Jay-Z and Samsung: Will Recent Deal Impact The Music Distribution Channel?

Screen shot 2013-06-19 at 2.40.38 PMJay-Z’s new album titled Magna Carta Holy Grail is scheduled to hit shelves July 4. The announcement was made in a Samsung advertisement that aired June 16 during the NBA finals. Even more surprising, Samsung is subsidizing the album; giving it out  to the first 1 million Samsung Galaxy users who download a special application. We asked Zintro experts from the music industry to discuss this change in the distribution channel and how it could affect record labels.

Andre Walton, an organizational creativity consultant with expertise in generating new markets, maintains that the announcement “is not indicative of any major shift in direction in music distribution. Record labels have more major things to concern themselves with when maintaining traditional revenue streams! I do not think this kind of brand association with popular icons is anything new, it is just the leverage of the new release that attracts attention. If Samsung’s promotion is a success there is little doubt that similar moves will follow: and they may be resisted by the record labels, but they will ultimately be good for the industry as well as for the recording artists.”

Tom Cartwright, a music publishing & catalog administration executive, believes “Jay Z’s stunt will have little change on the labels distribution methods.” Cartwright recalls when “you could walk into any retailer and buy a branded CD compilation – from Pottery Barn to Victoria’s Secret. Ah, but those were mostly compilations of previous hits from mostly ‘B’ artists…It’s not too difficult to imagine new artists clamoring all over themselves to get in on deals like this – look how long it took Psy to do a commercial!”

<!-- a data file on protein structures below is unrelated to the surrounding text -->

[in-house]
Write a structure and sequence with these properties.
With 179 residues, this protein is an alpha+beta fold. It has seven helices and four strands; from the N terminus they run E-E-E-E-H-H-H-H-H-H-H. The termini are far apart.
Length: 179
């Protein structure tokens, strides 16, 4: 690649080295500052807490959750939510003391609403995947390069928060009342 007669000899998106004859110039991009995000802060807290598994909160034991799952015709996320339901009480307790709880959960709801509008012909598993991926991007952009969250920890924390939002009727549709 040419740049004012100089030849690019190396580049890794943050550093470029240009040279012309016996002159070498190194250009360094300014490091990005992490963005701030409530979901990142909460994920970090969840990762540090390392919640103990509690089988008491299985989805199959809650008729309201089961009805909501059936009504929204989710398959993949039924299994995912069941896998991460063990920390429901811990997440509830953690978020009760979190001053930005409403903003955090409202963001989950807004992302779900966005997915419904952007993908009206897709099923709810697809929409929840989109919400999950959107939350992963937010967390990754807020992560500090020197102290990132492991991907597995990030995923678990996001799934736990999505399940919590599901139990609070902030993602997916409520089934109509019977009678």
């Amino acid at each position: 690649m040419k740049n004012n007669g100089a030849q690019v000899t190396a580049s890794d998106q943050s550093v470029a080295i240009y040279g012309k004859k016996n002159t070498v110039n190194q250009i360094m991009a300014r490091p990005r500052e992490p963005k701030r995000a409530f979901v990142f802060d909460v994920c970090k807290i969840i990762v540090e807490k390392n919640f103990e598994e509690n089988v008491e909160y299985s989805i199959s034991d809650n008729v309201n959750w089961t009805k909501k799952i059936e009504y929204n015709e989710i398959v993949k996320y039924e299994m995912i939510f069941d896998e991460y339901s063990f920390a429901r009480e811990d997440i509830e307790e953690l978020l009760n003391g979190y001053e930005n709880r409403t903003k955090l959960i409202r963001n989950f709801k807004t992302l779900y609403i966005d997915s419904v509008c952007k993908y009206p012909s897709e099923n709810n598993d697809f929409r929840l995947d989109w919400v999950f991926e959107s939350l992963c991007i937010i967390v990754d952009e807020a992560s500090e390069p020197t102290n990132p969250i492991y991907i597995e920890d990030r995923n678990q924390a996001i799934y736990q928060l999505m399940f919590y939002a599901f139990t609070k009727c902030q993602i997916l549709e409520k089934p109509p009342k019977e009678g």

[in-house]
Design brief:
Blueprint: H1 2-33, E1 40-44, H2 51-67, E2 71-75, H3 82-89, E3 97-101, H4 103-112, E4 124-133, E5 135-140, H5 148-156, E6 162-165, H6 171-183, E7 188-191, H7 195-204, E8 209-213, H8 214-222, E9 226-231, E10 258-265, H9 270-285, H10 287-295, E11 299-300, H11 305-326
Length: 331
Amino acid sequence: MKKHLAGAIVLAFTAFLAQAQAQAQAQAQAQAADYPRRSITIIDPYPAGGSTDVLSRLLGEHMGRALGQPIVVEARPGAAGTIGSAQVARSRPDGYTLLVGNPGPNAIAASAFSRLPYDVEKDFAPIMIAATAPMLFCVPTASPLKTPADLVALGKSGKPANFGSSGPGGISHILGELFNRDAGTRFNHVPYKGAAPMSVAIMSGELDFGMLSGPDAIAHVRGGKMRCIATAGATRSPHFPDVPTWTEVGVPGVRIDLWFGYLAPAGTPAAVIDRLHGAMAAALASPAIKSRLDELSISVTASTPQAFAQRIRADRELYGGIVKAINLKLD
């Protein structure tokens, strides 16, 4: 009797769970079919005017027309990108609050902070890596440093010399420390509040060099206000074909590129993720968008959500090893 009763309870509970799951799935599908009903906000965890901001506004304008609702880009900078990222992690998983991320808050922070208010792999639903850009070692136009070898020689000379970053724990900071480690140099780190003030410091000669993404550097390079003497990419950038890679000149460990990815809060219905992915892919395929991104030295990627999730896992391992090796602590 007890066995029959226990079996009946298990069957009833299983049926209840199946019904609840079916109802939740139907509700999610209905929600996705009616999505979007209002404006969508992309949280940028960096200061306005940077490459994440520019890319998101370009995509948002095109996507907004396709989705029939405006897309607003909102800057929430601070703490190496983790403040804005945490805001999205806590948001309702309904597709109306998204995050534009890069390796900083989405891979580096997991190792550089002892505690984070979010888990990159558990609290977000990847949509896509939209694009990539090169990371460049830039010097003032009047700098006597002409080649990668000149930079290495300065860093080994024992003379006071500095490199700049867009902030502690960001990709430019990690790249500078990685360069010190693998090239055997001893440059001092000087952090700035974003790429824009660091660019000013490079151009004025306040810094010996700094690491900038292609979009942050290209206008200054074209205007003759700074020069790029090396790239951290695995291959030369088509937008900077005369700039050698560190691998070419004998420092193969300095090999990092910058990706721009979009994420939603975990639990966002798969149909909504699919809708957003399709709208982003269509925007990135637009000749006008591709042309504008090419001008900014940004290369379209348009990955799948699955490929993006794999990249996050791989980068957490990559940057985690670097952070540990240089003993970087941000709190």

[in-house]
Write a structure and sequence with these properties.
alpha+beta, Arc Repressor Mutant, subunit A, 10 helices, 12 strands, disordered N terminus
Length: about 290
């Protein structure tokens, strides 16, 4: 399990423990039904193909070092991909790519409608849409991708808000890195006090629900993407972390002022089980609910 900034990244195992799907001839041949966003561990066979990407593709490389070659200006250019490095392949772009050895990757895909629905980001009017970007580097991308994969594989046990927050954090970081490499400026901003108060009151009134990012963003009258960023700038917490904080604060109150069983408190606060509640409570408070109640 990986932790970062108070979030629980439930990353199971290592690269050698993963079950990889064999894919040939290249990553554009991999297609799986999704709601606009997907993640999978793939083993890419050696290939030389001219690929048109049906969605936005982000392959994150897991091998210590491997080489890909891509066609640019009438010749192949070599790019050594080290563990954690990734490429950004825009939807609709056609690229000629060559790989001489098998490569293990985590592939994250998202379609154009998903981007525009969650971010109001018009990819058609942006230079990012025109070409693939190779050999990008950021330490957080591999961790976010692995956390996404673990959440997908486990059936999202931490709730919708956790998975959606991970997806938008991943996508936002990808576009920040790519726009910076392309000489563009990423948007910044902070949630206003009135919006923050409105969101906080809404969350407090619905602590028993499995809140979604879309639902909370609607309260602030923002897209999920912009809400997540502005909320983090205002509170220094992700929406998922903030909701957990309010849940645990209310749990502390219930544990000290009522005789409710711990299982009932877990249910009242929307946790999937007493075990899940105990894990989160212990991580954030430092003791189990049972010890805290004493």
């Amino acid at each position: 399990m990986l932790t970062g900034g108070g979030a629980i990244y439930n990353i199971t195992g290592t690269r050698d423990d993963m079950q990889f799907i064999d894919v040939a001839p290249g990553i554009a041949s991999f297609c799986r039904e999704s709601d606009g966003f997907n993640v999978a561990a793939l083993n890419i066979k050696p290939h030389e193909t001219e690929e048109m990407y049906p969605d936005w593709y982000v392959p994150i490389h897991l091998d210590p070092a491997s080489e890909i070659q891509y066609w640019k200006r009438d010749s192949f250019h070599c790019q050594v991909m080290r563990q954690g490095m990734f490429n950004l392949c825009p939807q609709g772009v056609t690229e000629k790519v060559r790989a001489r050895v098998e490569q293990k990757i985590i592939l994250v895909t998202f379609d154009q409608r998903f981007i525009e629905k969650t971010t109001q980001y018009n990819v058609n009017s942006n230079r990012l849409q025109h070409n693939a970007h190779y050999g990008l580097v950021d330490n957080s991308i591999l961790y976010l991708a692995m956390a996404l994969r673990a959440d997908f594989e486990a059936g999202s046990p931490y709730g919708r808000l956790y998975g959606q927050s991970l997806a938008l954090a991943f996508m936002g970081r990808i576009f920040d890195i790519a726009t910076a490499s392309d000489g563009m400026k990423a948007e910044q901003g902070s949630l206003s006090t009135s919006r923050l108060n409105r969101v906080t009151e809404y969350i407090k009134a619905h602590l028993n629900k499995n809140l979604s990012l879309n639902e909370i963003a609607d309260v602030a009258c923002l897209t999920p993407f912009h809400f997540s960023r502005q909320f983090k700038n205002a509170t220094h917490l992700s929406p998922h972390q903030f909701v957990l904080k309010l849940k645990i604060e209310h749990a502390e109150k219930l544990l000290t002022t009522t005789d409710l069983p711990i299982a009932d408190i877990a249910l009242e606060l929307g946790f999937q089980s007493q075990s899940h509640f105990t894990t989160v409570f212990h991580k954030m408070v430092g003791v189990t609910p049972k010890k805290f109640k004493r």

As far as the typical industry players, “The challenge for the distributors will be to find new retailers to carry CDs. The irony is, the labels fell in bed with Wal Mart and Best Buy, who ran record stores out of business with low ball pricing. Now, having the CD business almost to themselves, they are quickly devoting even less space to the format. There doesn’t appear to be any Towers Records re-openings; so pretty soon CDs will only be available at swap meets and .99 stores. That will mean some real change at the labels.”

“From the artist perspective,” asserts Mike Milton, an electronic music and digital media specialist, “it is all about multiple revenue streams.” He continues: “The artist’s share on revenue from sales of recordings is relatively small and is diminished further by the recovery of costs by the label but there are other ways to generate income. Merchandise is a key one that has been around forever [and] supporting socially responsible causes is a newer -and growing- one.”

By Gabriela Meller

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